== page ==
Skipping Photoshop for web design
6 Jun 2008 edit
Occasionally the folks at 37signals write a blog post that seems to channel thoughts that I've just never put to paper [blog]. This week they did it twice, with two posts about how they prefer to skip Photoshop and work with HTML and CSS when it comes to designing a web site.
I've found it incredibly pleasant to work with designers who have demonstrated knowledge and skill when it comes to CSS and HTML -- at my last job, our lead designer was also the guy you went to if you were stumped by a CSS issue. Knowing the tools means that production considerations become an active part of the design process: you don't create an element without giving some thought to how it will be built. In the best of worlds, you weigh the cost of building the element -- in time, in HTTP requests, in excessive markup -- against the benefit of having it on the site, and make educated decisions about what is "worth it."
I've never found Photoshop to be an adequate tool for mocking up a design -- it just doesn't "think" the way the web does, it just doesn't observe the constraints that the web imposes, and it just doesn't make accessible the parts of CSS that are truly powerful.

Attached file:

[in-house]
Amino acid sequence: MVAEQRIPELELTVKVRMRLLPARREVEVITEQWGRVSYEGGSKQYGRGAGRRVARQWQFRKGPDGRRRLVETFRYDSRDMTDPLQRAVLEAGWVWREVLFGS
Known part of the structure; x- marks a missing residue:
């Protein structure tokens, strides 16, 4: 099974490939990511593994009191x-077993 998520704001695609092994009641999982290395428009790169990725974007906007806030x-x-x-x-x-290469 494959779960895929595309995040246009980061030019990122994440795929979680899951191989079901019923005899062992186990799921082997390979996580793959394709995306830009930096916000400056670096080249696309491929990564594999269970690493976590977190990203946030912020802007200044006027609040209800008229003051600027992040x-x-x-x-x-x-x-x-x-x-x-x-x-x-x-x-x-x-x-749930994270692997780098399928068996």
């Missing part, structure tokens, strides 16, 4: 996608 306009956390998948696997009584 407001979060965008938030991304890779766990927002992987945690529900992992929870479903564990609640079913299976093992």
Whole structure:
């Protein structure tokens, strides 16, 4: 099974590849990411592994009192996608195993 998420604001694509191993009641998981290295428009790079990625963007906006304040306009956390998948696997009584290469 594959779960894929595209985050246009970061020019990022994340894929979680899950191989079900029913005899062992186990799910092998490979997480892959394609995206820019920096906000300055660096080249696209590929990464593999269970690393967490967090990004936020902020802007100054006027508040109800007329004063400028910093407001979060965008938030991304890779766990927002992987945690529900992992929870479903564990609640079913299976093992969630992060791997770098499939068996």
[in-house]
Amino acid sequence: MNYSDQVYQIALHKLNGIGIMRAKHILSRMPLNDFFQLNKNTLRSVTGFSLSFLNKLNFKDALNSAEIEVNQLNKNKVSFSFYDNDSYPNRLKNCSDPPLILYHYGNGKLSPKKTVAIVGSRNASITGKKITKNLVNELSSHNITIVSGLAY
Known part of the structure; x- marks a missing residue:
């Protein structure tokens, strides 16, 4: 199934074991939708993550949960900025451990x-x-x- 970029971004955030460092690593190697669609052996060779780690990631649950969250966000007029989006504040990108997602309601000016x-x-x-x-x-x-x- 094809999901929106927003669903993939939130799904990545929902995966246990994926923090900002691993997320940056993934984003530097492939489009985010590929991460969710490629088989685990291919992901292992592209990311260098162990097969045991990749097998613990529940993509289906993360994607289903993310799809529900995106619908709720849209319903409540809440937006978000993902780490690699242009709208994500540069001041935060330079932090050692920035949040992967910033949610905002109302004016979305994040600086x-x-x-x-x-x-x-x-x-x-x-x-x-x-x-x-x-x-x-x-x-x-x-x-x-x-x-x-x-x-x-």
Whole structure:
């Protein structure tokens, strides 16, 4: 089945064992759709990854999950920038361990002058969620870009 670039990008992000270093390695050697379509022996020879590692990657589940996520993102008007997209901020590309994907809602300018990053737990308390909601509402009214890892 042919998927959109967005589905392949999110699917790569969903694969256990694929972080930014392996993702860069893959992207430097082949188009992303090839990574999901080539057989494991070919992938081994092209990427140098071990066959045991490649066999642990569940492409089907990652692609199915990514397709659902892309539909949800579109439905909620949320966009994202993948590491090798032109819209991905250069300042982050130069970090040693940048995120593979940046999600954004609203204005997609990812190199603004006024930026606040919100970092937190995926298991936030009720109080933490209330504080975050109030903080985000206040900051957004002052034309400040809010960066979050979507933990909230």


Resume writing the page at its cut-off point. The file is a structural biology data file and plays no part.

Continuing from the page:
While I am no designer, I play one sometimes for freelance clients. When I haven't wanted to go straight to code, I've found that another Adobe product, InDesign, can be incredibly powerful. It's an application intended for print layout (and some of its related assumptions can be a little frustrating, such as its lack of a hex-based color picker/setter), but generally it is exponentially closer to the realities of the web than Photoshop. It thinks in boxes, not pixels, and offers paragraph-, character- and object-level stylesheets that can ... cascade! Just like with CSS, you can rapidly and dramatically alter the appearance of a page once you establish the base, semantic elements of it. It steers you to think about a page's structure, not just its presentation.
I'm hoping that the number of web designers who think that Photoshop is a sufficient tool will dwindle, but I'm not sure what the route is to get to that point. Photoshop's inadequacy in this regard is so clear to me -- and to people like the 37signals folks -- that I'm not sure how you persuade someone who still believes otherwise.